The Dispatch: One more question about this. The argument from critics has been that being able to use these funds for humanitarian purposes allows the Iranian government to use other monies for malevolent purposes, something it might not otherwise be able to do. What’s the administration’s response? 

Kirby: The flaw in that argument is that the Iranian regime has always made these kinds of choices. They have been willing to let their people starve, they have been willing to let their people suffer from all manner of medical ailments, they have been willing to act not in good faith with their own agricultural production. It’s not as if the mullahs are sitting around before the $6 billion in the Qatari bank was placed there, sitting around thinking, “Should we spend this on weapons or should we choose to spend it on food?” They have chosen predominantly always to go with militarization and support for terrorist networks and other malevolent activities. So, the flaw in that argument, again, is that Iranians are sitting around making these sorts of moral choices. They are not. 

The other flaw in that argument is that we have been very aggressive in this administration at pushing back on Iran’s, as you put it, malevolent activities. In just two-and-a-half years in this administration, we’ve implemented more than 40 sanction regimes targeting 400 entities. Actually more than 400—300 of those in just this year alone, this particular year. And some of that is for support for terrorism, some of it is of course supporting Russia in their efforts to get drones into Ukraine, and also for their attacks on maritime shipping. So, the argument that this somehow frees Iran up to do bad things, they’ve been doing bad things under multiple administrations, and this administration has taken all of that very seriously.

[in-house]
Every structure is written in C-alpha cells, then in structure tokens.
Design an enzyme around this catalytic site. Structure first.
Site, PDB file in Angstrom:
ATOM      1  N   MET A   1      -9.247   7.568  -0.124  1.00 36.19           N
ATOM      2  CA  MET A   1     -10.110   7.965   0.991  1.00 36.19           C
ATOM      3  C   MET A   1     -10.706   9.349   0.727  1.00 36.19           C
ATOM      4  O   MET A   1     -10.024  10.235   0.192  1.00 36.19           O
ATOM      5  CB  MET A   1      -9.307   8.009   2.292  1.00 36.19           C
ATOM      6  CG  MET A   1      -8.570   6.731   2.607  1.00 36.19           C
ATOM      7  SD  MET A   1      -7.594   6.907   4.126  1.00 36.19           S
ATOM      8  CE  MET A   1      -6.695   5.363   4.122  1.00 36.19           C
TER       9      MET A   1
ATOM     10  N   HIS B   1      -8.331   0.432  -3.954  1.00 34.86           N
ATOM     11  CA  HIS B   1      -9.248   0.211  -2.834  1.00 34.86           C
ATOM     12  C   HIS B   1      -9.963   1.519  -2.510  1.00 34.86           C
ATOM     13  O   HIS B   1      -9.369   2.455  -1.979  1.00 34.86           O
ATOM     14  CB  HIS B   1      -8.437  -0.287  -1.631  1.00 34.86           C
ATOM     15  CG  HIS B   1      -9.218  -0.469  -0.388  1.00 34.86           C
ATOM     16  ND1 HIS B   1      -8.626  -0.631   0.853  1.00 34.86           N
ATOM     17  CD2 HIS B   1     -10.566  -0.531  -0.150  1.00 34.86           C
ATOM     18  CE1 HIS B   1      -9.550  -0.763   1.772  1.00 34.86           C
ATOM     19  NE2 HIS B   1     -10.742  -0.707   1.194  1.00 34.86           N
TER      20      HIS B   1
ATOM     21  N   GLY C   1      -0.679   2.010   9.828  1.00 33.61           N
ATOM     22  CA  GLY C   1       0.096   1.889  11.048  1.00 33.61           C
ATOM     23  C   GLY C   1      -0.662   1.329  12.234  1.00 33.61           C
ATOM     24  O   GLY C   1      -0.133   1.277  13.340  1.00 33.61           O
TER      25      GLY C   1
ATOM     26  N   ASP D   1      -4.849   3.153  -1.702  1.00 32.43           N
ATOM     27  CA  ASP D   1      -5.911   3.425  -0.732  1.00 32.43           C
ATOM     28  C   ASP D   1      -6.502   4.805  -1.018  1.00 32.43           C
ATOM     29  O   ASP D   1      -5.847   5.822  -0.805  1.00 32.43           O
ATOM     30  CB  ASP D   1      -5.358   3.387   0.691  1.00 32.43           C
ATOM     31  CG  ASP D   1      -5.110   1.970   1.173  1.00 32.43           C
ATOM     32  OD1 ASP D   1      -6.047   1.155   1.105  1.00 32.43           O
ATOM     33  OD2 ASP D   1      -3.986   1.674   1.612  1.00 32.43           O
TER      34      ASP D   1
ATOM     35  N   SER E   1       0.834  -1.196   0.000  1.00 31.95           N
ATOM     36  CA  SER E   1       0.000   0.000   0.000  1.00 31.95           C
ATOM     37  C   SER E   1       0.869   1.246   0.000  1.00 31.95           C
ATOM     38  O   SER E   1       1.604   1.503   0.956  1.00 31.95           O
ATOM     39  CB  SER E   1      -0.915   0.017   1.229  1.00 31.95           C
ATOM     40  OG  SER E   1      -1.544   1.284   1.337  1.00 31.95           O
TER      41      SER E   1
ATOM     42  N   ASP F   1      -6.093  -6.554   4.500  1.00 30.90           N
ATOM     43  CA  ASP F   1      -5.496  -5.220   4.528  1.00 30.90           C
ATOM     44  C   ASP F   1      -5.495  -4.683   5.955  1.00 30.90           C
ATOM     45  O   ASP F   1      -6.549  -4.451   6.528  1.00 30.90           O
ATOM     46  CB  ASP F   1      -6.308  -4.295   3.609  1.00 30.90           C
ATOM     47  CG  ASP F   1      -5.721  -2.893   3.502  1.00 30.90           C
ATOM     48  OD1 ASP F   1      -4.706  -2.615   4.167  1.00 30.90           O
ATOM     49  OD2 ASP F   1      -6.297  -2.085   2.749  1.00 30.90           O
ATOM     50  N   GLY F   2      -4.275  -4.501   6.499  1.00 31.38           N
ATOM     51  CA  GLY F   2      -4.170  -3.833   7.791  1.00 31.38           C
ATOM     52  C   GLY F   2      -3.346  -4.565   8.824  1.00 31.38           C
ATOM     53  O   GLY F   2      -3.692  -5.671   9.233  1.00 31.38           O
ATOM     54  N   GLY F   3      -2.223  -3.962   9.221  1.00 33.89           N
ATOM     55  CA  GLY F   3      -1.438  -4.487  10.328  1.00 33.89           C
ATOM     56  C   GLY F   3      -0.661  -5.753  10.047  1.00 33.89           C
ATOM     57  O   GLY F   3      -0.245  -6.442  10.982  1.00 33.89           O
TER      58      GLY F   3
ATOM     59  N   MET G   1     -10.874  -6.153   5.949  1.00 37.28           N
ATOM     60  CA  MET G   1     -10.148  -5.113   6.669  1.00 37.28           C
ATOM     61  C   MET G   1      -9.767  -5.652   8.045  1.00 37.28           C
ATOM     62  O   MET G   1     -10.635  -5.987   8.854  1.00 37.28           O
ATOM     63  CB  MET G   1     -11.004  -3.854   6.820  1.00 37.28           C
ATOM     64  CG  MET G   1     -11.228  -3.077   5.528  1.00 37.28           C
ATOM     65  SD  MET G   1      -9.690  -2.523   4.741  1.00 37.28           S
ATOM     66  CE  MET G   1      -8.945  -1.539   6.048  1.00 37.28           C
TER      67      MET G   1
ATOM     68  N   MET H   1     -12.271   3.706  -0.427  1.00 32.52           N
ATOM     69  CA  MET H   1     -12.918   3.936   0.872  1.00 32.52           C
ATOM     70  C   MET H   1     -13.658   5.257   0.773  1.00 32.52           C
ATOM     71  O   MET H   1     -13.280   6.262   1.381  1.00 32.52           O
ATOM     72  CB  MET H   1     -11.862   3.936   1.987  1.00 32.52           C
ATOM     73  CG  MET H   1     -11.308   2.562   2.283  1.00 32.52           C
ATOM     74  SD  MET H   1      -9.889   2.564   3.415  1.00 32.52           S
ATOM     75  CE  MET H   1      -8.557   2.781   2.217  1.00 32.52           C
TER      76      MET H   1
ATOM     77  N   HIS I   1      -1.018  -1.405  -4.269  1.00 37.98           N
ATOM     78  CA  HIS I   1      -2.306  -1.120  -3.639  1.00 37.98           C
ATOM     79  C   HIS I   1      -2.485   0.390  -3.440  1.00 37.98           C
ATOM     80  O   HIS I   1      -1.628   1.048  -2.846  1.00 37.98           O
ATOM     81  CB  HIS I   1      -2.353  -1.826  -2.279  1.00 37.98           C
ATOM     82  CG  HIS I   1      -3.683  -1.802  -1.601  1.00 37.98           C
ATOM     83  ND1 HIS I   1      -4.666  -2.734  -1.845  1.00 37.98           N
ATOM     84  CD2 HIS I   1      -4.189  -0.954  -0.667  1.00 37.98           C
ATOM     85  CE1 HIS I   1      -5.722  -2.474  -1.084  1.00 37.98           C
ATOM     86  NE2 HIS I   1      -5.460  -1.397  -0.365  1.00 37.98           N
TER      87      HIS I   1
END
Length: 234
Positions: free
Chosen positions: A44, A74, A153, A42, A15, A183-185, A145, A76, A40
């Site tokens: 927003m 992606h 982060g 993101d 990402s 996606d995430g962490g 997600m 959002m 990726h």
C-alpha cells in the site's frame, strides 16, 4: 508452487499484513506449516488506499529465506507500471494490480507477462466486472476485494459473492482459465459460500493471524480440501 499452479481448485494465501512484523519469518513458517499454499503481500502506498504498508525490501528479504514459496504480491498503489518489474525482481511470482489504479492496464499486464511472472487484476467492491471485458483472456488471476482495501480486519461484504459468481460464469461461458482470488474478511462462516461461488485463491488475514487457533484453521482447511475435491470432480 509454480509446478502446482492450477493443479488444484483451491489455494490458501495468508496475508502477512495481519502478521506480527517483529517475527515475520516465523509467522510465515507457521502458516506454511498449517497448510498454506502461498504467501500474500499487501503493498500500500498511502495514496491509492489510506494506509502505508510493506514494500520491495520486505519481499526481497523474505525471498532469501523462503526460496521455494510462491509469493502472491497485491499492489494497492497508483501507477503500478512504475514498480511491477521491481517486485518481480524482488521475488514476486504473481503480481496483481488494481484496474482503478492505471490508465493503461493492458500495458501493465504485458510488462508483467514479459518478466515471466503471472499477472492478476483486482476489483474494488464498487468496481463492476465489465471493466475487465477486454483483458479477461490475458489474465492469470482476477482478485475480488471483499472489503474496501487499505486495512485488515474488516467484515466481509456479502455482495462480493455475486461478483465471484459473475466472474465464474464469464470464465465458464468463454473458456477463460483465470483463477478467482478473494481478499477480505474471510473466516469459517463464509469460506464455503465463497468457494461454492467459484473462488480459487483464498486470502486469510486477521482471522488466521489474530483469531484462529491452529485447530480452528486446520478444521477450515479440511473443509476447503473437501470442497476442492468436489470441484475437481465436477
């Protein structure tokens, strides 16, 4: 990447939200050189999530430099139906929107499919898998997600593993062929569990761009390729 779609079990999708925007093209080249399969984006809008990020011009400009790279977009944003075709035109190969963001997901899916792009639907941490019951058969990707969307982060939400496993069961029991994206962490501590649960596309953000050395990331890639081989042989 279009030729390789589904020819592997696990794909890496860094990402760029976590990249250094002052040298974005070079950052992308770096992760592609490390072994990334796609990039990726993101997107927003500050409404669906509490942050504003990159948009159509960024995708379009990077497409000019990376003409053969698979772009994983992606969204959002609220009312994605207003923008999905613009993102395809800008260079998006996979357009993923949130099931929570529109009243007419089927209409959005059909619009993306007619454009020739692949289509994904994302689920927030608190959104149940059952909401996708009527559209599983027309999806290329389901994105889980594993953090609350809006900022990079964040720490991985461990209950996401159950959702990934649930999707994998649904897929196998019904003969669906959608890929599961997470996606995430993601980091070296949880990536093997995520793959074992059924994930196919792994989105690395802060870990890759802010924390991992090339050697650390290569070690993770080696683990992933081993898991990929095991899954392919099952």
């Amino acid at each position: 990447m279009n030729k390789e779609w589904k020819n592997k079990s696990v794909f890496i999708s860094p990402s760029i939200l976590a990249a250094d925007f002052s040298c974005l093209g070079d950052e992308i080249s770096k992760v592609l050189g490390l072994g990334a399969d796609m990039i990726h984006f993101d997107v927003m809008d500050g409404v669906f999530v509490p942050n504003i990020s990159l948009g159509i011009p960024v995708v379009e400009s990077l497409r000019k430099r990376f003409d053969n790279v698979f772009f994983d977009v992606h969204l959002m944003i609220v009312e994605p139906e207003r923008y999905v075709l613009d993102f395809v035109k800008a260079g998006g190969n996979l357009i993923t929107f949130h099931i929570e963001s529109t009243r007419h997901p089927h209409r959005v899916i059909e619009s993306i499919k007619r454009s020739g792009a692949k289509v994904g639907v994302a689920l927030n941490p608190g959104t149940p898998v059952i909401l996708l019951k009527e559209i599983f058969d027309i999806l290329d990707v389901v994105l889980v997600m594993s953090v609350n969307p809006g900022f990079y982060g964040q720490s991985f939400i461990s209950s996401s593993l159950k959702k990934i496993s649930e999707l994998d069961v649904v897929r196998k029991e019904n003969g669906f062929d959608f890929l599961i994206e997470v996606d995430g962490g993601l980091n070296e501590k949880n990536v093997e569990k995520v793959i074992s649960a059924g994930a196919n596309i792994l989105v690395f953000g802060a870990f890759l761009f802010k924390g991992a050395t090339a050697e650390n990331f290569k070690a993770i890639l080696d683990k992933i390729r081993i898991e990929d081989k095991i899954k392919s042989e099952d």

The Dispatch: There have been conflicting reports about whether or not Iran was involved in what happened in Israel, the attack by Hamas on October 7. Does the administration know whether or not Iran was involved?

Kirby: Broadly speaking, Iran is complicit. Make no mistake about that. Without Iran, there would be no Hamas, no Hezbollah. Those two groups would not have the capabilities that they have. We know that. The resourcing, the training, the capabilities that they have provided Hamas, longstanding, again, over multiple administrations in the United States. And we are working our way through the intelligence picture and we just haven’t seen anything that tells us, with these specific attacks over the last weekend, that Iran was witting, directing, involved, or participating. Now again, we’re still working our way through that. All I can tell you is as we are speaking right now, we don’t have specific evidence that links them to those specific attacks.

The Dispatch: President Biden, since he took office, has been attempting to renegotiate the U.S. back into the Iran deal. Has there been any change in the administration’s posture vis-a-vis trying to negotiate some sort of agreement such that the U.S. is once again a party to the Joint Comprehensive Plan of Action (JCPOA)? 

John Kirby: Those efforts have been moribund for many months. We are not involved in negotiations over their nuclear ambitions and we haven’t been for many months. And it wasn’t just because of the way they were treating innocent protesters. Even before that, we had decided that negotiations were not going to be fruitful because the Iranians were not coming into them in good faith. They kept larding it up with all kinds of qualifiers that had nothing to do with their nuclear program. And so, we decided long ago that it wasn’t going anywhere and it was a fruitless effort and we have long since stopped trying to get back into the JCPOA.

Now, having said that, the president still believes that our policy is and should be that Iran will never be allowed to achieve a nuclear weapon. And he still believes that a peaceful way—diplomatic way—to that outcome is always going to be the best outcome. But it’s not a productive effort, it’s not a line of effort that we are pursuing. And we also have to make sure that, because diplomacy is not getting us anywhere, we have other options available to us to make sure that they cannot achieve a nuclear weapons capability. And we have those options available to us as well.

The Dispatch: The president warned in his remarks, and he did it more than once, that any state or non-state actor that tries to take advantage of the October 7 attacks on Israel: “Don’t.” There have been Republican critics that have said he should have mentioned Iran, specifically, by name. Your response? Is there a reason Iran was not mentioned, specifically?